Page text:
And that’s what the psalmist is saying here as well. The psalmist looks at how these people have smeared him with lies, and he says that even this is part of God’s goodness to him.

So is that how you see your trials? I would guess that many of us think of our lives as including both blessings, and trials. And we would say that the blessings are from God, but the trials are maybe bad luck, or the result of living in a fallen world, or from Satan. But we do not see that the trials are part of God’s goodness to us.

Jan and I first had to wrestle with this when we were not able to get pregnant. This was a struggle for us. But it drove us to study God’s word on the topic of trials. And we were part of a loving church family who prayed with us and loved us and shared God’s word with us.

And through this season we learned that every trial is under God’s complete control and is part of his goodness to us. One blessing that came out of this was that he allowed us to adopt two wonderful children. But the point is that every trial is part of God’s goodness to us. But how can that be?

So how can afflictions be part of God’s goodness? The Bible gives many answers to that question. And the author gives two of those answers in this passage.

One answer is because God uses afflictions to bring us back to the word. You can see that in v.67 --
67 Before I was afflicted I went astray, but now I keep your word.

We don’t know how the author had gone astray. But there was some area in his life in which he had turned from God’s Word. So God allowed this affliction to come upon him, to bring him back from going astray. God allowed these insolent men to smear him with lies, and this humbled him before God, and softened his heart before God, so he saw that he had been turning astray from God’s Word, and he turned back.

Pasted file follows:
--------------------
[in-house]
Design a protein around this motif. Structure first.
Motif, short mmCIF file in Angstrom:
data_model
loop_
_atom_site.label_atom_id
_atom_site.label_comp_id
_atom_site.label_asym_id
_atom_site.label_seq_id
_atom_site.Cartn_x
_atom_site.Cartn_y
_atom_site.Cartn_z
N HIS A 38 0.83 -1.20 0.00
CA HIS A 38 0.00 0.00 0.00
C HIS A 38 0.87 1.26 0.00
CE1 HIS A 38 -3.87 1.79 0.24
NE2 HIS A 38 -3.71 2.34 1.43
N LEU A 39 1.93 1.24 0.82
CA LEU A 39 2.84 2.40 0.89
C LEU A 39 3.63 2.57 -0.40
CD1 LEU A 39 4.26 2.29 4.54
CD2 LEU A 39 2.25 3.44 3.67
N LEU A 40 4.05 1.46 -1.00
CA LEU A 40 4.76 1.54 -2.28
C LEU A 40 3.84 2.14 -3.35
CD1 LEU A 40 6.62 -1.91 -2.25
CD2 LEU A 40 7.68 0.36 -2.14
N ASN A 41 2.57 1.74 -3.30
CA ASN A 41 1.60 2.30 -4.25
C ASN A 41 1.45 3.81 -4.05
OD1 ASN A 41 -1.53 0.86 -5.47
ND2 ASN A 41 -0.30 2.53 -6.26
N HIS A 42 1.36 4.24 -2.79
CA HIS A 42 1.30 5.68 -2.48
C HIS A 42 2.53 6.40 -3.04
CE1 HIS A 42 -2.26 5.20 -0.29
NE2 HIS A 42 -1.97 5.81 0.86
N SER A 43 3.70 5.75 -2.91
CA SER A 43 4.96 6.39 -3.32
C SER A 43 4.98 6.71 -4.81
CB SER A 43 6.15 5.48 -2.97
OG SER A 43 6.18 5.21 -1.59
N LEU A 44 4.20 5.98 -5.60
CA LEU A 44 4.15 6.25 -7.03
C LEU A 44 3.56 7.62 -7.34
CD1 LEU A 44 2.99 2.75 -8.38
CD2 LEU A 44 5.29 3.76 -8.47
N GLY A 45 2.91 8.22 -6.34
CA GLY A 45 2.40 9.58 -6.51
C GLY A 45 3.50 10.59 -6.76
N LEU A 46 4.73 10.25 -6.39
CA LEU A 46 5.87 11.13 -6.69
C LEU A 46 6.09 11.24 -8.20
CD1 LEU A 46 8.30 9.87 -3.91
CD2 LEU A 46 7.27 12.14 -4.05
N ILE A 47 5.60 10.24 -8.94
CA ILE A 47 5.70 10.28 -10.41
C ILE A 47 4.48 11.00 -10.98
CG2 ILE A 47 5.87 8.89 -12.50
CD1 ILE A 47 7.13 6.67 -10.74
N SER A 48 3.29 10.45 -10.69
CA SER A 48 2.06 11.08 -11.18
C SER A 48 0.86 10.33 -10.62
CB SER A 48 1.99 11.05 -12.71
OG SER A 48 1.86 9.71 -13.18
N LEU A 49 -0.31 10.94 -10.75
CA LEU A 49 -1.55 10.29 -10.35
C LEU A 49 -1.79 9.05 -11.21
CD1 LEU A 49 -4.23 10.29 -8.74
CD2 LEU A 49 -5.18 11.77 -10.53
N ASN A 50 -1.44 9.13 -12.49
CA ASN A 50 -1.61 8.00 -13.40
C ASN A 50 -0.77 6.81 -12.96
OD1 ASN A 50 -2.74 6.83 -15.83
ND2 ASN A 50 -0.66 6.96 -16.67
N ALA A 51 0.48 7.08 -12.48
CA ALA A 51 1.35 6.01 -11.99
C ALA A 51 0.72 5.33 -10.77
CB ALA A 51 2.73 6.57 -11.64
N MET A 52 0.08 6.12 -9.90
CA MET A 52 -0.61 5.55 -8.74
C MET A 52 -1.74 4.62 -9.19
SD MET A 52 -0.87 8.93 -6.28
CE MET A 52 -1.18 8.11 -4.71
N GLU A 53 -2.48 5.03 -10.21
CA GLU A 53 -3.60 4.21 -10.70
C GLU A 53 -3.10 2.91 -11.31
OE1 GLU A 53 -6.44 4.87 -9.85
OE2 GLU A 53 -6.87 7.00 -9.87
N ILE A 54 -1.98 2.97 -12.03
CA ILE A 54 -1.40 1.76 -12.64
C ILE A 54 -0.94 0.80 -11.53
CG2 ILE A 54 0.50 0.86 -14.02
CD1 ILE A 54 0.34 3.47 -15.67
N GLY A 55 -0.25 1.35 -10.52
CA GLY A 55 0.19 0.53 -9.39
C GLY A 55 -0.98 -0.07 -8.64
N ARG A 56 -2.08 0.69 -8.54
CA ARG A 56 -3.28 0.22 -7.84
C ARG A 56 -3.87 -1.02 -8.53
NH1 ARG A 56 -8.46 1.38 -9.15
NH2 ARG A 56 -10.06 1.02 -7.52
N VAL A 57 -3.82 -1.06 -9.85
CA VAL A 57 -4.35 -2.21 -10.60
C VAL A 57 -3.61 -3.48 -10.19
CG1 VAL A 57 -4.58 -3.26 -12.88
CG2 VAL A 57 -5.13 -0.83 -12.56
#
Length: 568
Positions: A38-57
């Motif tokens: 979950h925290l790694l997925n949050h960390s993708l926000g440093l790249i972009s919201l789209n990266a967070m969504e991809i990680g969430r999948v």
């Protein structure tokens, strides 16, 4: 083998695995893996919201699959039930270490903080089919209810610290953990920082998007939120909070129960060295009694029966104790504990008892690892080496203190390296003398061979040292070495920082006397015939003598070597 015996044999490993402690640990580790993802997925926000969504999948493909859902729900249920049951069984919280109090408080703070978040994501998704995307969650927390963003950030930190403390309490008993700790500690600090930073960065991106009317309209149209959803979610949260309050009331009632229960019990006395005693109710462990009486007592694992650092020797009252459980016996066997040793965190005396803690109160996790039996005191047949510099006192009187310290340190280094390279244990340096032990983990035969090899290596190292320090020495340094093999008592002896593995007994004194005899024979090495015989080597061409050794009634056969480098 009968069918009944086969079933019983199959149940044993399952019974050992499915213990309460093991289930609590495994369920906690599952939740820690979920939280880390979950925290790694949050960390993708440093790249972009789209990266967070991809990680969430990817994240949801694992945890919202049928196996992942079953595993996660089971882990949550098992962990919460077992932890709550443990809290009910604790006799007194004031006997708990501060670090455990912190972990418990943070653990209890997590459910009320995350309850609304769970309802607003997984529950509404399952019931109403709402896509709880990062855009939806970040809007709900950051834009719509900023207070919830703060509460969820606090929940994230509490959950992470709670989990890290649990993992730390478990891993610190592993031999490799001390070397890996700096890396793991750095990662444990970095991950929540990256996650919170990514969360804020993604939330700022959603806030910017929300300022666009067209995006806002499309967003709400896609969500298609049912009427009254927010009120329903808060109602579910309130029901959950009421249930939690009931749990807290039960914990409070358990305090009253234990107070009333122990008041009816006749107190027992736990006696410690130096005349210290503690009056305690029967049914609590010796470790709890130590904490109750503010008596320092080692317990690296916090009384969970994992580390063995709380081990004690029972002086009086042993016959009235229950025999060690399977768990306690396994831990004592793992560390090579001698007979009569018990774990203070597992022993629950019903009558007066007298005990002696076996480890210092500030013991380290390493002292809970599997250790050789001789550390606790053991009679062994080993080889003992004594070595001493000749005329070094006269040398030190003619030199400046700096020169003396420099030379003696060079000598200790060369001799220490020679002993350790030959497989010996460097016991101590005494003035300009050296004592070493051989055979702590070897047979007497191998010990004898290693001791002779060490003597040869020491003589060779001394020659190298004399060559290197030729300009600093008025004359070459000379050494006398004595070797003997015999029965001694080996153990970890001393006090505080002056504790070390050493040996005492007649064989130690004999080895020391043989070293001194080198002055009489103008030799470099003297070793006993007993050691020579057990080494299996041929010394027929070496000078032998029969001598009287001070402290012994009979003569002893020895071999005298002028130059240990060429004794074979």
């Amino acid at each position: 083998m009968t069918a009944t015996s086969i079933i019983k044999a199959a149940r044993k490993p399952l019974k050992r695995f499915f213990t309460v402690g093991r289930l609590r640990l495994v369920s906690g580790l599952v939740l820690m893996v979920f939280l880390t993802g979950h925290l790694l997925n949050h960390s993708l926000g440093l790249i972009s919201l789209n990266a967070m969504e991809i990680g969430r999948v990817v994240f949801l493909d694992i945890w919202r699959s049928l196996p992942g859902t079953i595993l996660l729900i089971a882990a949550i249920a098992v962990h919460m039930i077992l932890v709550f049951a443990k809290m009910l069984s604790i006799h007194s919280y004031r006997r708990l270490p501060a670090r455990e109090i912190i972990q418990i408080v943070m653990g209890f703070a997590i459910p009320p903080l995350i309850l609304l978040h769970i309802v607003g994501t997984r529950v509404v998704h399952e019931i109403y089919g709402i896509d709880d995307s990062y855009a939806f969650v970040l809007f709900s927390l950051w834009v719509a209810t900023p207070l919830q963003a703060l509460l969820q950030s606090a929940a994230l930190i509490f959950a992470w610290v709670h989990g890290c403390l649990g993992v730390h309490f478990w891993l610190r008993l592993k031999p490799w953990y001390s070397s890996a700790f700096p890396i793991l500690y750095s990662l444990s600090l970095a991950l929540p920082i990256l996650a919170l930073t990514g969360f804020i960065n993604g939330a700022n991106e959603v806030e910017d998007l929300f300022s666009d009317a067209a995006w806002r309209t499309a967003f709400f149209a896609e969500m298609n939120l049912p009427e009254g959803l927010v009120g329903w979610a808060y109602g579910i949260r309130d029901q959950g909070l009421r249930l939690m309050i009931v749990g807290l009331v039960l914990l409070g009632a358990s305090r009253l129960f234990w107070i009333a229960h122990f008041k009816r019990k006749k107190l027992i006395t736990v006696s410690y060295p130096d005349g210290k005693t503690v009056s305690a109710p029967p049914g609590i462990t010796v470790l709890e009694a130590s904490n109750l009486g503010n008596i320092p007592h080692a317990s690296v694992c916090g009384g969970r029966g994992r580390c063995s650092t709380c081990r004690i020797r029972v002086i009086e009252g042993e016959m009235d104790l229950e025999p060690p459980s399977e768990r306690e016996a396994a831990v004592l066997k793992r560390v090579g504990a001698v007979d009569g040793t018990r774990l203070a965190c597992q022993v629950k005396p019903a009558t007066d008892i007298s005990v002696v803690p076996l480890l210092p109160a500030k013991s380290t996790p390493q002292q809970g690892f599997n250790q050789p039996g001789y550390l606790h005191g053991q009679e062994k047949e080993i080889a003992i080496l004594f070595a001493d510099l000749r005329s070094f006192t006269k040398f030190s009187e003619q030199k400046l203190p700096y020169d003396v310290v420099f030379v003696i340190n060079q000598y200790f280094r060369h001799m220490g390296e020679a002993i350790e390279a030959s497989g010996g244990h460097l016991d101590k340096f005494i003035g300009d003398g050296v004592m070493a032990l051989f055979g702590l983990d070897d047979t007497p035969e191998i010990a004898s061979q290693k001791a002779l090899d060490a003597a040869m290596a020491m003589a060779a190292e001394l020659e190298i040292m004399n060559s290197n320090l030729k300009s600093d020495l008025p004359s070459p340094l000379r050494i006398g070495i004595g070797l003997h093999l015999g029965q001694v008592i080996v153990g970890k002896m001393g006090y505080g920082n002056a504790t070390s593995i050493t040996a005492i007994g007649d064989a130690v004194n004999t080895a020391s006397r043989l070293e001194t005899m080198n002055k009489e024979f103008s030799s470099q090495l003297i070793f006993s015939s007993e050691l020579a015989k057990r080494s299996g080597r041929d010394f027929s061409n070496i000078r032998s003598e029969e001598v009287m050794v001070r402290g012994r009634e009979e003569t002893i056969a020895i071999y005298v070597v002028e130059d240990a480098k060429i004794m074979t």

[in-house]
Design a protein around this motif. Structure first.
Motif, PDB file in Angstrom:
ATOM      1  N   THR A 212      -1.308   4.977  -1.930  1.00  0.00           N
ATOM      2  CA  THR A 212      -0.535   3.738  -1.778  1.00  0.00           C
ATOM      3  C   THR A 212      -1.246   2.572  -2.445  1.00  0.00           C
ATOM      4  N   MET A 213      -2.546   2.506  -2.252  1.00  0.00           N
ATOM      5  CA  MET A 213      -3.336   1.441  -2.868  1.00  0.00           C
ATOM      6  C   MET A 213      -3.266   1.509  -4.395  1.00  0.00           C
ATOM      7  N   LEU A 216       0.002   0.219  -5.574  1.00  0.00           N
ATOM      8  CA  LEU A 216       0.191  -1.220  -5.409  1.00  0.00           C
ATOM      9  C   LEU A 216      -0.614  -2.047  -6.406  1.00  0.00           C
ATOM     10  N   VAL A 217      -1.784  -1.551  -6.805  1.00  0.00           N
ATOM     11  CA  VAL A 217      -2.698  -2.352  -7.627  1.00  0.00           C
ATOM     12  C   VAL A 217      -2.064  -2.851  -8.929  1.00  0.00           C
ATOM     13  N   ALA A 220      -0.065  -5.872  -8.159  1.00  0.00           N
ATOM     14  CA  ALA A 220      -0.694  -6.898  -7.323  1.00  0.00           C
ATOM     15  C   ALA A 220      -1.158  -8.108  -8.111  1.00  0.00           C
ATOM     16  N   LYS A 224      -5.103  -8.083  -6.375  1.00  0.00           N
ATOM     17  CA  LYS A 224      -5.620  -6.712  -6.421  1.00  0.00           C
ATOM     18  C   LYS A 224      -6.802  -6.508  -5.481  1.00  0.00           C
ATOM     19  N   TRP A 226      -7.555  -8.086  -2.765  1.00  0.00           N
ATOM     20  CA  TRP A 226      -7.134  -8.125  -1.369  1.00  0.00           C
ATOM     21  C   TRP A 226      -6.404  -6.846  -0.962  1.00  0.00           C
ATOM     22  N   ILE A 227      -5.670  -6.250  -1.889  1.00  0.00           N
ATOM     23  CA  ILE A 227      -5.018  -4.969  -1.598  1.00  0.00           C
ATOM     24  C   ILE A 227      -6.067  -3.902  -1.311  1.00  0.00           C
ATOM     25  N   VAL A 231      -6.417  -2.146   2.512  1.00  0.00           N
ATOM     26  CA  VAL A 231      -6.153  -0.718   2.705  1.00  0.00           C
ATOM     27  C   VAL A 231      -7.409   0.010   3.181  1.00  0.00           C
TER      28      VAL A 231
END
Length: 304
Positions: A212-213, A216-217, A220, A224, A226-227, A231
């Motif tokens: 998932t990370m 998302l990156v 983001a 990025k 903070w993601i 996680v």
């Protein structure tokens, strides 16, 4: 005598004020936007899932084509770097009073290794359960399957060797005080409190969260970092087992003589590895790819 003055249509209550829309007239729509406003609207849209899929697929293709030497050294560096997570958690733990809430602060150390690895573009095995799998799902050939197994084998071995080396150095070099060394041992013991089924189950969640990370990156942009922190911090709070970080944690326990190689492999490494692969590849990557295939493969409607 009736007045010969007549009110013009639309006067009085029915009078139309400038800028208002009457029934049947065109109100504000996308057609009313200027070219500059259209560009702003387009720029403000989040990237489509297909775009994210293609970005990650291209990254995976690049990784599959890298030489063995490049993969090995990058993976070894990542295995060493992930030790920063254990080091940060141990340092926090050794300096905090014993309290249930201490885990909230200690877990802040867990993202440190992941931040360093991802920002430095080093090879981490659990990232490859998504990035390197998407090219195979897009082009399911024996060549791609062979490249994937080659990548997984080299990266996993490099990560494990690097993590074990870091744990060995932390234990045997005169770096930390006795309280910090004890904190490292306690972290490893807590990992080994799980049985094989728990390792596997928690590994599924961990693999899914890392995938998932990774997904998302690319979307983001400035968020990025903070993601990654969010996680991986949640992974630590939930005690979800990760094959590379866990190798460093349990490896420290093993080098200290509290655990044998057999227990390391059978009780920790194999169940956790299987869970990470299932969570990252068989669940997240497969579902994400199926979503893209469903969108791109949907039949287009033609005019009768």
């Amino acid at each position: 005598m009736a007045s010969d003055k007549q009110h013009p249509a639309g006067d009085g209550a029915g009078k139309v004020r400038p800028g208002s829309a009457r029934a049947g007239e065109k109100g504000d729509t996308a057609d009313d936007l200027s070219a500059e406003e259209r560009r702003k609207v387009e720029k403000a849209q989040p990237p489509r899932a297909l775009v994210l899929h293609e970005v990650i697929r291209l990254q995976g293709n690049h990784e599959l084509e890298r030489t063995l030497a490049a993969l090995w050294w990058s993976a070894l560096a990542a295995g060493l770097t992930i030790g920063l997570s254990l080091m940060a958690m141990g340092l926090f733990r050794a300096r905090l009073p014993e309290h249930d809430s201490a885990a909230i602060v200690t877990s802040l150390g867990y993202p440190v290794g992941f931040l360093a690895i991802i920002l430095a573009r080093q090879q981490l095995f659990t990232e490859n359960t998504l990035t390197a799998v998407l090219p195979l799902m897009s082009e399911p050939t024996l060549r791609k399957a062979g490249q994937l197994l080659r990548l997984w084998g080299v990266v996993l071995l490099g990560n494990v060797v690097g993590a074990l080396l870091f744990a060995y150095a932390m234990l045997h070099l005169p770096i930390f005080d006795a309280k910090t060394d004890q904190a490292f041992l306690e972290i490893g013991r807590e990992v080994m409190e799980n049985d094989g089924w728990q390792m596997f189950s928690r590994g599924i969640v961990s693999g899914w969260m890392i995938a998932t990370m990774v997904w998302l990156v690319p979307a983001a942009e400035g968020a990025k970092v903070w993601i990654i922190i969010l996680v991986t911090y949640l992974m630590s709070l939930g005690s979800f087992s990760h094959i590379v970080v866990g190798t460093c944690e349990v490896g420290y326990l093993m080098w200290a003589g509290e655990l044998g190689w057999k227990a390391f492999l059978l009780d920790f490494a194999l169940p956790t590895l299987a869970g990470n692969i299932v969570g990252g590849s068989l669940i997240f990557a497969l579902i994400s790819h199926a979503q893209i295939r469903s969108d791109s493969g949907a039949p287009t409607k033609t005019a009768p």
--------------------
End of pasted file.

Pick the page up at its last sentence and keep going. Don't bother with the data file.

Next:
So one way that afflictions are part of God’s goodness is because they can bring us back to the word.

William Carey was a missionary to India in the early 1800’s. He had worked for years translating the Bible into the local languages. He also had completed a dictionary which gave the equivalent of each Sanskrit word in every language in Asia. And he had written the first grammar books for the Sikh and Telugu languages.

But one night when William Carey was away on missionary business, a fire broke out which destroyed the only copies of all of this work. Years of work – gone.

Here’s what he said about this –
In one short evening the labours of years are consumed. How unsearchable are the ways of God! I had lately brought some things to the utmost perfection of which they seemed capable, and contemplated the missionary establishment with perhaps too much self-congratulation. The Lord has laid me low, that I may look more simply to him. (Mary Drewery, William Carey: A Biography, p.154)

This does not mean that every trial is because we’ve turned astray. But some trials do come because we have turned astray – and God will make it clear to us when that’s the case.

That’s what the psalmist experienced. He had turned astray from God’s Word – which means he had stopped walking in God’s ways, and so he was no longer experiencing sweet fellowship with God, he was no longer in communion with God. And in great love and goodness God had brought affliction upon him to humble him, to wake him up, to turn his heart back to God.

And the reason this is good of God is because what life is all about is sweet fellowship with God. If you miss sweet fellowship with God, you are missing everything that matters. So because being smeared with lies by insolent men brought him back to sweet fellowship with God – he says God was good in doing this to him.

But like I said, this is not always why God brings trials. The author mentions another reason why God brought him afflictions -- God uses afflictions to teach us God’s Word. You can see that in v.71 --
71 It is good for me that I was afflicted, that I might learn your statutes.

Sometimes afflictions bring us back to God’s Word; other times they teach us God’s Word. So how do afflictions teach us God’s Word? Can’t we just pray, open up God’s Word, and start reading?